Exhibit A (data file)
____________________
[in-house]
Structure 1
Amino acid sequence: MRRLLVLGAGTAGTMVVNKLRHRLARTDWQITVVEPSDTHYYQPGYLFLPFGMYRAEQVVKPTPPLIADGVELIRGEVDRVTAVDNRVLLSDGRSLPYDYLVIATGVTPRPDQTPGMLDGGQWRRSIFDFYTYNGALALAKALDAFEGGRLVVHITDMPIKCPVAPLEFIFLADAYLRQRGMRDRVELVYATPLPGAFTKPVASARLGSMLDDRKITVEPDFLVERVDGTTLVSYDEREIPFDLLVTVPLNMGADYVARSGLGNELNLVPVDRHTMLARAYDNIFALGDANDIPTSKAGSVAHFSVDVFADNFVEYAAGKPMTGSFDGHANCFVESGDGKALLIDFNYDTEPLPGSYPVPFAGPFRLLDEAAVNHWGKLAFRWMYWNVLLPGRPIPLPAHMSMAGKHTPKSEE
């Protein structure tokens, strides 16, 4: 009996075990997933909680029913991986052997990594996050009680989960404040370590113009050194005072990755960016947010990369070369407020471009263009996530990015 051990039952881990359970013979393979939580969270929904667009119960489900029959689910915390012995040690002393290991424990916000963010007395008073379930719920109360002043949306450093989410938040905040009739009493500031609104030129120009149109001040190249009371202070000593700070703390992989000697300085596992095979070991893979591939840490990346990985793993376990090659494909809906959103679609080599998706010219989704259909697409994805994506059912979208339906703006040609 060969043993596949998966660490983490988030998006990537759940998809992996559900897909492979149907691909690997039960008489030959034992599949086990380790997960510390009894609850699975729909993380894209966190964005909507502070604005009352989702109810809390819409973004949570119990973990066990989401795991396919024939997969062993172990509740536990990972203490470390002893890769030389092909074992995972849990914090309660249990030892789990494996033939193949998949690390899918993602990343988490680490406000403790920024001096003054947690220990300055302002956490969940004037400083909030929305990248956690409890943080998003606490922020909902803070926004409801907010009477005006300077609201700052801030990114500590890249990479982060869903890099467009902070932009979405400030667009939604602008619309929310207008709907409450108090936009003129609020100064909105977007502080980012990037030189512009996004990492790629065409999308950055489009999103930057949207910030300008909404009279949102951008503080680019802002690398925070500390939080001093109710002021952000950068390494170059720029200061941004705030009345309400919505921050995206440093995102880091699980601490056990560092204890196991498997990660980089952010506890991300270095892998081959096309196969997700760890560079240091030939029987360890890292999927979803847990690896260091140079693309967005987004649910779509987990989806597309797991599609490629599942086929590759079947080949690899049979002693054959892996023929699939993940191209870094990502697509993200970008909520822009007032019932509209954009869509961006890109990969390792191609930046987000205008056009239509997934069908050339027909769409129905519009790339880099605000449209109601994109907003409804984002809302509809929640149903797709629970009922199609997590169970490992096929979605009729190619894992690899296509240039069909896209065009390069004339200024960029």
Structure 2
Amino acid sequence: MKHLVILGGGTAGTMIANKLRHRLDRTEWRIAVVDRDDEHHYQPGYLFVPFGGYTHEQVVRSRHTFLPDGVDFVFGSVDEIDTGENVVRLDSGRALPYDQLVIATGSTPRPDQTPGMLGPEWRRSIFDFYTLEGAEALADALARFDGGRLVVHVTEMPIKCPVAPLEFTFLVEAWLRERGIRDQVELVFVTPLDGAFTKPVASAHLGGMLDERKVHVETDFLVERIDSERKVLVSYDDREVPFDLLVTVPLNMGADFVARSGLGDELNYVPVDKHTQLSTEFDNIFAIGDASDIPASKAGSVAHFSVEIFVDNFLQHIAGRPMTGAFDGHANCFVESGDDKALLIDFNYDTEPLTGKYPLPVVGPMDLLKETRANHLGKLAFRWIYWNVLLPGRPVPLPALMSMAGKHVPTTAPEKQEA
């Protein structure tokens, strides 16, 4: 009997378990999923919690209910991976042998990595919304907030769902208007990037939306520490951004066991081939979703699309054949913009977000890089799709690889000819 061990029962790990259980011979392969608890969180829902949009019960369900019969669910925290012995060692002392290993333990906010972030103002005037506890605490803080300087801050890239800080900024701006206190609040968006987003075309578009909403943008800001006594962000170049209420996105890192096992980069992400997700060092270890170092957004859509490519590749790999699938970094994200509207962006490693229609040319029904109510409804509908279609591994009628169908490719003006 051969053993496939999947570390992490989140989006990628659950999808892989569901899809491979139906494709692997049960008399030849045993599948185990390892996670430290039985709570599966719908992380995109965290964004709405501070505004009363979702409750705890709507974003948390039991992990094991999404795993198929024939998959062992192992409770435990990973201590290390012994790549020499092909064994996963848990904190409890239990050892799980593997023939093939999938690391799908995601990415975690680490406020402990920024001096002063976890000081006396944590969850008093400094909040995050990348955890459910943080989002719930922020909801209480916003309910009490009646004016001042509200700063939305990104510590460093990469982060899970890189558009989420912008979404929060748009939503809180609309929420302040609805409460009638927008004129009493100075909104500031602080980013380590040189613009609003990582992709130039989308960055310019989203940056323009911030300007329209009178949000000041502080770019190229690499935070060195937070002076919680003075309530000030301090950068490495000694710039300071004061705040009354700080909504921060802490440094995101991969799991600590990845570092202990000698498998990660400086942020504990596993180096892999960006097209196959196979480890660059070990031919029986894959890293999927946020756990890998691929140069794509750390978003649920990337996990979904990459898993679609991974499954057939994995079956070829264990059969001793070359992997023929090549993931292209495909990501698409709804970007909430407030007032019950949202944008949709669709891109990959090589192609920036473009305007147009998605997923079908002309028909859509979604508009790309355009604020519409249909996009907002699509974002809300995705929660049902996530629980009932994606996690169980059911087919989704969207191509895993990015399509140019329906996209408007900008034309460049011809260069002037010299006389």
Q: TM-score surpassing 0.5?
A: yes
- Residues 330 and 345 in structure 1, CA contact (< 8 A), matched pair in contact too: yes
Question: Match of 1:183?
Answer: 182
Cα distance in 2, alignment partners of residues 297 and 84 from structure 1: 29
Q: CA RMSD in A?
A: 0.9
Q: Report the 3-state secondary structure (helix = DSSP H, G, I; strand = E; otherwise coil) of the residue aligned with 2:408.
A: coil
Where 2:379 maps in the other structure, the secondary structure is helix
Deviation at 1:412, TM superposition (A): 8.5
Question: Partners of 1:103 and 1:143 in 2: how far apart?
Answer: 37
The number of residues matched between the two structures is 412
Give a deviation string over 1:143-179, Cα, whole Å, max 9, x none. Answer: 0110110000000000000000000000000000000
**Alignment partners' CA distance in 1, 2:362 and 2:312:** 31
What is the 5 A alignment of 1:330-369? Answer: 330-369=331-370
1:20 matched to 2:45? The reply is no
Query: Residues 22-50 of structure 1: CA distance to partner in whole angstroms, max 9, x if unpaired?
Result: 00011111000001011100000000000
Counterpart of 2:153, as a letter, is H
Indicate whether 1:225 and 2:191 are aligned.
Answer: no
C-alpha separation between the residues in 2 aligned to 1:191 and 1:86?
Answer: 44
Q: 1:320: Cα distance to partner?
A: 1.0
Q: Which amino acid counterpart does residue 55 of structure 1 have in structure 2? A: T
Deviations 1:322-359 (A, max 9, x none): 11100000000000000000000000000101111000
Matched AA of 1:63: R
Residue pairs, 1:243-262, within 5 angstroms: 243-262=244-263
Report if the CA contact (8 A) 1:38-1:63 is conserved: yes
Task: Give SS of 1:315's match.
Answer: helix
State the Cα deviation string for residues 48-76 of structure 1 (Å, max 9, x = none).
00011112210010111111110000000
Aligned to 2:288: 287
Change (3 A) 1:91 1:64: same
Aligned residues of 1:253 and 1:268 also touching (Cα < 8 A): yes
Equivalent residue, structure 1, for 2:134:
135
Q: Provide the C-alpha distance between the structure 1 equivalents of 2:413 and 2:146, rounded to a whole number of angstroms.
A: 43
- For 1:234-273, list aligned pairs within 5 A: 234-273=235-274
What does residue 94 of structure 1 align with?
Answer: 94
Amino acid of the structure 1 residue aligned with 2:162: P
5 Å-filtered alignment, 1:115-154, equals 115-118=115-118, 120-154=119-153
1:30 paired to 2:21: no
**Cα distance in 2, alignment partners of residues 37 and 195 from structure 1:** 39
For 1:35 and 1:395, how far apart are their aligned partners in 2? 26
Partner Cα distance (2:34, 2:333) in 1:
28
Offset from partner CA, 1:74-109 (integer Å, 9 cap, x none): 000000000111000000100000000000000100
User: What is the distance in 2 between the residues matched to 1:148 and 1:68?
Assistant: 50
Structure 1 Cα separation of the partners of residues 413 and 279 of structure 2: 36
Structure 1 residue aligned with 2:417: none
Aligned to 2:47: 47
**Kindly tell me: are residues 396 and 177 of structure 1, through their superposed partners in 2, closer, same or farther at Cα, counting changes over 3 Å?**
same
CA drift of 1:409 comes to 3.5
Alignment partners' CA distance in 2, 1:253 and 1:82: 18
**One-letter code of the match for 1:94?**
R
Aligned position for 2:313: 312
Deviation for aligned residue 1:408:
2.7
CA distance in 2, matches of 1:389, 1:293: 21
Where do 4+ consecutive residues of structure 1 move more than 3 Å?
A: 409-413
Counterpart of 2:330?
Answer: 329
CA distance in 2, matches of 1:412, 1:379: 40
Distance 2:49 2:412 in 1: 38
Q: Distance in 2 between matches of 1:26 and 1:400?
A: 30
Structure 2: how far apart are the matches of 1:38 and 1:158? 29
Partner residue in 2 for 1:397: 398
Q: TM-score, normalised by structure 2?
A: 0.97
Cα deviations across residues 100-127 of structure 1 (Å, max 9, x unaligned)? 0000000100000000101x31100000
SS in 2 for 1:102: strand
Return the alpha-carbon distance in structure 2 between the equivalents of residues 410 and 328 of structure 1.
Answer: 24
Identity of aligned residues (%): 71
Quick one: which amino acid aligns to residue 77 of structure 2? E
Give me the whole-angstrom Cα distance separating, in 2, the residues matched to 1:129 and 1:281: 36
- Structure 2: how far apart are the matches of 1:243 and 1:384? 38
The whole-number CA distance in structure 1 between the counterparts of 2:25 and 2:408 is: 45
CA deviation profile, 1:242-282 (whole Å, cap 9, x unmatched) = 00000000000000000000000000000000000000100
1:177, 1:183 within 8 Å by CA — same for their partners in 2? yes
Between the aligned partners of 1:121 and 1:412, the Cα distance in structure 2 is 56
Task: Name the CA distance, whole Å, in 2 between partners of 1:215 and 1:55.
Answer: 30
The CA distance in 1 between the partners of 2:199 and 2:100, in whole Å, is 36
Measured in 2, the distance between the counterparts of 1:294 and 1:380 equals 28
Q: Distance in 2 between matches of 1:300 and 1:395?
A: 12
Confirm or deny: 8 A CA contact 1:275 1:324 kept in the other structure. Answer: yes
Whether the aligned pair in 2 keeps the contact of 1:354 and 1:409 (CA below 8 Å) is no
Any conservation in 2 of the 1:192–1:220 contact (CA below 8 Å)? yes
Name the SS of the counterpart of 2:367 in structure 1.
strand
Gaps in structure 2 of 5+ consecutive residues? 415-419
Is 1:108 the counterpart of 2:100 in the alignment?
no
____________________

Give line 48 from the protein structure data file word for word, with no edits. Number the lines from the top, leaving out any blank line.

Equivalent residue, structure 1, for 2:134: